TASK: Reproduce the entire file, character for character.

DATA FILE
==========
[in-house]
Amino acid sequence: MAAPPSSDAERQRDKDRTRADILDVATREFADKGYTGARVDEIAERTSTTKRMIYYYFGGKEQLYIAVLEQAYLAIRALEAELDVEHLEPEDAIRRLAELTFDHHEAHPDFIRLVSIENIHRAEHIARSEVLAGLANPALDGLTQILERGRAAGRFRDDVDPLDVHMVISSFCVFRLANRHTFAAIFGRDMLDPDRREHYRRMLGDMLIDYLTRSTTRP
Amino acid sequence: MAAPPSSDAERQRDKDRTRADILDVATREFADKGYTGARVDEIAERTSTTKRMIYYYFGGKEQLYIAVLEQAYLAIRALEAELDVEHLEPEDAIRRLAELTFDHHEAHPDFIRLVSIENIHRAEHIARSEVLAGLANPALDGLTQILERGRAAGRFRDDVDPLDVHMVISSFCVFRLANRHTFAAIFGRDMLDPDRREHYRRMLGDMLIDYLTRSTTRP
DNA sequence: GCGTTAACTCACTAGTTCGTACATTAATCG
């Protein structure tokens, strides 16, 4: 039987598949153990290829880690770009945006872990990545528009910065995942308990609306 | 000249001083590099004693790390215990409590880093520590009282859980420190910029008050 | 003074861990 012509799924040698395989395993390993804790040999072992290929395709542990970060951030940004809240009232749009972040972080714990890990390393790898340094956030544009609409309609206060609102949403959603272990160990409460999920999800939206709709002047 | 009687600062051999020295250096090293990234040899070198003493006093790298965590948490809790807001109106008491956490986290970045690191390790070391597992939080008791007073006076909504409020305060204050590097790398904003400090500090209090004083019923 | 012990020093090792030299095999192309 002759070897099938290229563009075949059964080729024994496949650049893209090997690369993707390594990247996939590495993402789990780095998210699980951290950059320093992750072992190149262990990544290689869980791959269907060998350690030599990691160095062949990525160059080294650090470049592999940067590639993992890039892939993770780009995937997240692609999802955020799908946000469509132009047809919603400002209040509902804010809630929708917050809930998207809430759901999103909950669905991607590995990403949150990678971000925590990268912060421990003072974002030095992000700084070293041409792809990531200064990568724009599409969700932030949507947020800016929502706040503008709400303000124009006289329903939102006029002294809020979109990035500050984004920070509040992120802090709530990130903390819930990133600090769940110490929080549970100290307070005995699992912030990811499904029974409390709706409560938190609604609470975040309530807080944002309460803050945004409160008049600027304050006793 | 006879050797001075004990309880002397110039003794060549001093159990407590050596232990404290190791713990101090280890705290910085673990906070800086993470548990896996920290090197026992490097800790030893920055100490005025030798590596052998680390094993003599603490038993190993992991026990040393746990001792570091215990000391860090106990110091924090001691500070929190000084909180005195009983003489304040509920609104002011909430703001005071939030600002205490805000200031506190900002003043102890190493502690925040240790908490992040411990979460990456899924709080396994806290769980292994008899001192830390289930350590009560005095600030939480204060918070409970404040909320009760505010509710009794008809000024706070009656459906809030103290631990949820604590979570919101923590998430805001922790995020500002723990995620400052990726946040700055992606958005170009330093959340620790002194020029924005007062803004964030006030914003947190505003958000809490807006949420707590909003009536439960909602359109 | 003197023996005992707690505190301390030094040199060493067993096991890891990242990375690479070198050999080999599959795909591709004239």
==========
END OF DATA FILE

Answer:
[in-house]
Amino acid sequence: MAAPPSSDAERQRDKDRTRADILDVATREFADKGYTGARVDEIAERTSTTKRMIYYYFGGKEQLYIAVLEQAYLAIRALEAELDVEHLEPEDAIRRLAELTFDHHEAHPDFIRLVSIENIHRAEHIARSEVLAGLANPALDGLTQILERGRAAGRFRDDVDPLDVHMVISSFCVFRLANRHTFAAIFGRDMLDPDRREHYRRMLGDMLIDYLTRSTTRP
Amino acid sequence: MAAPPSSDAERQRDKDRTRADILDVATREFADKGYTGARVDEIAERTSTTKRMIYYYFGGKEQLYIAVLEQAYLAIRALEAELDVEHLEPEDAIRRLAELTFDHHEAHPDFIRLVSIENIHRAEHIARSEVLAGLANPALDGLTQILERGRAAGRFRDDVDPLDVHMVISSFCVFRLANRHTFAAIFGRDMLDPDRREHYRRMLGDMLIDYLTRSTTRP
DNA sequence: GCGTTAACTCACTAGTTCGTACATTAATCG
């Protein structure tokens, strides 16, 4: 039987598949153990290829880690770009945006872990990545528009910065995942308990609306 | 000249001083590099004693790390215990409590880093520590009282859980420190910029008050 | 003074861990 012509799924040698395989395993390993804790040999072992290929395709542990970060951030940004809240009232749009972040972080714990890990390393790898340094956030544009609409309609206060609102949403959603272990160990409460999920999800939206709709002047 | 009687600062051999020295250096090293990234040899070198003493006093790298965590948490809790807001109106008491956490986290970045690191390790070391597992939080008791007073006076909504409020305060204050590097790398904003400090500090209090004083019923 | 012990020093090792030299095999192309 002759070897099938290229563009075949059964080729024994496949650049893209090997690369993707390594990247996939590495993402789990780095998210699980951290950059320093992750072992190149262990990544290689869980791959269907060998350690030599990691160095062949990525160059080294650090470049592999940067590639993992890039892939993770780009995937997240692609999802955020799908946000469509132009047809919603400002209040509902804010809630929708917050809930998207809430759901999103909950669905991607590995990403949150990678971000925590990268912060421990003072974002030095992000700084070293041409792809990531200064990568724009599409969700932030949507947020800016929502706040503008709400303000124009006289329903939102006029002294809020979109990035500050984004920070509040992120802090709530990130903390819930990133600090769940110490929080549970100290307070005995699992912030990811499904029974409390709706409560938190609604609470975040309530807080944002309460803050945004409160008049600027304050006793 | 006879050797001075004990309880002397110039003794060549001093159990407590050596232990404290190791713990101090280890705290910085673990906070800086993470548990896996920290090197026992490097800790030893920055100490005025030798590596052998680390094993003599603490038993190993992991026990040393746990001792570091215990000391860090106990110091924090001691500070929190000084909180005195009983003489304040509920609104002011909430703001005071939030600002205490805000200031506190900002003043102890190493502690925040240790908490992040411990979460990456899924709080396994806290769980292994008899001192830390289930350590009560005095600030939480204060918070409970404040909320009760505010509710009794008809000024706070009656459906809030103290631990949820604590979570919101923590998430805001922790995020500002723990995620400052990726946040700055992606958005170009330093959340620790002194020029924005007062803004964030006030914003947190505003958000809490807006949420707590909003009536439960909602359109 | 003197023996005992707690505190301390030094040199060493067993096991890891990242990375690479070198050999080999599959795909591709004239």